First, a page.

By Arthur Z. Schwartz
It was apparent to anyone attending the “Town Hall” meeting held at the New School on May 9 that the L Train shutdown, that we’re dealing with two very different approaches to the notion of public input. On the one hand, the MTA/NYC Transit Authority, and its new President, Andy Byford, seemed open to all suggestions and made it clear that their decision to do a total shutdown was premised on community input on the Brooklyn side of the train. Then there was Polly Trottenberg, Dept. of Transportation (DOT) Commissioner, who was wholly on defense and resisted all pleas for alternates to totally shutting 14th Street to traffic (although they now “might” (a) do a one-way westbound bike lane on 13th Street and a one-way eastbound bike lane on 12th Street, and (b) only shut down 14th Street to traffic during “peak” hours).
As most of our community knows, a broad community coalition, known as the 14th Street Coalition, has been mobilizing community opposition and has filed a lawsuit against DOT, MTA, and the Federal Transit Administration, which is funding everything.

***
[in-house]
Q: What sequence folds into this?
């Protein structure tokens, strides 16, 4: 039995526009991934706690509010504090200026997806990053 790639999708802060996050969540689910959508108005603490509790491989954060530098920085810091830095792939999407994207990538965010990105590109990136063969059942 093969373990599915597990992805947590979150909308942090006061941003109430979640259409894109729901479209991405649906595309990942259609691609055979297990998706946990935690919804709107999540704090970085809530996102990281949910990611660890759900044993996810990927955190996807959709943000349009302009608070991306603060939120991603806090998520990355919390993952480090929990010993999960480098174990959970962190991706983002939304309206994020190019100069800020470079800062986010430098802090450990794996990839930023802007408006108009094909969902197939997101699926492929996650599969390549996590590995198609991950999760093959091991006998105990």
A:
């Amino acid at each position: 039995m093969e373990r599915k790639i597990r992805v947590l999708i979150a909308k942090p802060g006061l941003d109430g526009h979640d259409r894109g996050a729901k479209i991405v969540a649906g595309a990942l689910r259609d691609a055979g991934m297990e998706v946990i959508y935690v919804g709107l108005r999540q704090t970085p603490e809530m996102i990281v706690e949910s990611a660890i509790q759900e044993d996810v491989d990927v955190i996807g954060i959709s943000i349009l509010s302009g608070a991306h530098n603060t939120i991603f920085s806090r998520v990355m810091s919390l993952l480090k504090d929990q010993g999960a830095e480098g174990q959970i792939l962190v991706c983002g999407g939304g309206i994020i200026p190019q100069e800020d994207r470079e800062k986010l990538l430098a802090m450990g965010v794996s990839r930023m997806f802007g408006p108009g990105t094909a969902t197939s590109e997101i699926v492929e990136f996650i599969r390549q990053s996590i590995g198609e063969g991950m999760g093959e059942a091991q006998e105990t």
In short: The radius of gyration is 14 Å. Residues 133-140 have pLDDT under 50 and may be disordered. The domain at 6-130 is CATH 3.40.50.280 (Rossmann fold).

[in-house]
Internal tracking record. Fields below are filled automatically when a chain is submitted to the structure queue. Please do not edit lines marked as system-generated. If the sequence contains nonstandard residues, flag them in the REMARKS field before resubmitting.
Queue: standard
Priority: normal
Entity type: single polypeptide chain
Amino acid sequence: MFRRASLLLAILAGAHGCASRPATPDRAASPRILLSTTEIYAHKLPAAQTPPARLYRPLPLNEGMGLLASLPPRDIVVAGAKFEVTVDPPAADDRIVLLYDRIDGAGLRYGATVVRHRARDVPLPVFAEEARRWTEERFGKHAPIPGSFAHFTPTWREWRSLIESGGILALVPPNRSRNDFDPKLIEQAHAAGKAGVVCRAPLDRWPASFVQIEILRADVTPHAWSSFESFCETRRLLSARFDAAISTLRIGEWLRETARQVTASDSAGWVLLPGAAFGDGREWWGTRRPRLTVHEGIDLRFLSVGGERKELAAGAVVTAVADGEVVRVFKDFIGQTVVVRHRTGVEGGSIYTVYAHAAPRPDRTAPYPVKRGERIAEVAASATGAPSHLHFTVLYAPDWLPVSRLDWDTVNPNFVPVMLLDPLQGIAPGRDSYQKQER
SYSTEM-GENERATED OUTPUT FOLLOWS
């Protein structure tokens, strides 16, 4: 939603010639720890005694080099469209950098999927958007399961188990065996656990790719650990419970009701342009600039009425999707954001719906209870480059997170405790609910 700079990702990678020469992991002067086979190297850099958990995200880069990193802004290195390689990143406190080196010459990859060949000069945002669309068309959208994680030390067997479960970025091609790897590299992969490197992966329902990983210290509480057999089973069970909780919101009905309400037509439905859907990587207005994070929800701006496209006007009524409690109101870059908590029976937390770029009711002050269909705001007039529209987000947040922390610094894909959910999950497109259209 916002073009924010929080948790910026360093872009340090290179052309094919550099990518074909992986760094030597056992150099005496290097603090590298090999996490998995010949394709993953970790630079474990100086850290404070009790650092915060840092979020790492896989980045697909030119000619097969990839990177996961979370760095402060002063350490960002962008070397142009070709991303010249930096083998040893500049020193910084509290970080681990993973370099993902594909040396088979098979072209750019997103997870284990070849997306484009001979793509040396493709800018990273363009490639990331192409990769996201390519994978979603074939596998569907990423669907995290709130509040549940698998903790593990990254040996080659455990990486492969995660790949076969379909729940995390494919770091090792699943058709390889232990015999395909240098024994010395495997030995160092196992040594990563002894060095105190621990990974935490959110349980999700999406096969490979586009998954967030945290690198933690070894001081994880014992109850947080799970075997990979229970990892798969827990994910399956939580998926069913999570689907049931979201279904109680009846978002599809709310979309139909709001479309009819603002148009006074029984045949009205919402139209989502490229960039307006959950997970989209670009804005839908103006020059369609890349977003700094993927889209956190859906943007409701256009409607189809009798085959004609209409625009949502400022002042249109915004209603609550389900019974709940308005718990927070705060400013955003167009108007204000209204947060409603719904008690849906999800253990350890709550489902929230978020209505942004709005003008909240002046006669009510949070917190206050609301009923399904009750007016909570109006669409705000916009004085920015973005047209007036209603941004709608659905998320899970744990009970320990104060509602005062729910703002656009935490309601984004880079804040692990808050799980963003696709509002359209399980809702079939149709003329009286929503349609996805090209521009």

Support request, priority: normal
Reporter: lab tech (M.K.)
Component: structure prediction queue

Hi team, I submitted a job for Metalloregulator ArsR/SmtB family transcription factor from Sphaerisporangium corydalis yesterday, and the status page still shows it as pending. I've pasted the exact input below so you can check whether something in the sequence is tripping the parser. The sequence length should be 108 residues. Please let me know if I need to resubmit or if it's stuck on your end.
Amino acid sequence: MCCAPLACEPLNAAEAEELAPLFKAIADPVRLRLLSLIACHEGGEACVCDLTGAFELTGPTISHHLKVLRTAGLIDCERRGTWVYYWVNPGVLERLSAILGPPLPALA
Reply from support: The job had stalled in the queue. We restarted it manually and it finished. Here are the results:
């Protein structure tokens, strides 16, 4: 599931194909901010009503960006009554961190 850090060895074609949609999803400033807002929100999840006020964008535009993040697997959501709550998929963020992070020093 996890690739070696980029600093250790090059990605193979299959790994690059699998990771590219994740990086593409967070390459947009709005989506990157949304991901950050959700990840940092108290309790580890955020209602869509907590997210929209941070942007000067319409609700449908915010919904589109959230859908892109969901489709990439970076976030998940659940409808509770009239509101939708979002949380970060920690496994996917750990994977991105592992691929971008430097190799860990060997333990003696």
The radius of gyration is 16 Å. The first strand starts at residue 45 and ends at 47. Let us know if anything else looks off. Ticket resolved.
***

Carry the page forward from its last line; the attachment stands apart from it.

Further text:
The same scenario is playing out in the litigation. MTA/NYC Transit is talking, especially about one of the lawsuit claims about subway stations on 14th Street being inaccessible to people with disabilities. As counsel to the Coalition, I have agreed to keep those conversations confidential for now, so that those talks will be productive. I can report, at least, that the tone has been encouraging and that we will (not might) have something to report soon.
DOT, on the other hand, won’t negotiate. The Coalition has made a number of suggestions, like not taking away two lanes of 14th Street so that the sidewalk can be doubled in width. If they did that, one lane of traffic could proceed like on 23rd Street. In court, they have asserted that they come under an exemption applicable to the MTA, loosening the need for environmental assessment under the State Environmental Quality Review Act. But they have been advised that the Feds may not let them proceed as they want without going through fairly extensive procedures required by Federal law. Nevertheless, other than controlled settings, the DOT refuses to engage the affected communities, not just along 14th Street but also in East Soho, which is facing a 70-bus-per-hour logjam coming off the Williamsburg Bridge. The anger is building.
Stay tuned, my neighbors. We have lots of fight left.
Arthur Z. Schwartz is the Male Democratic District Leader for Greenwich Village and counsel to the 14th Street Coalition.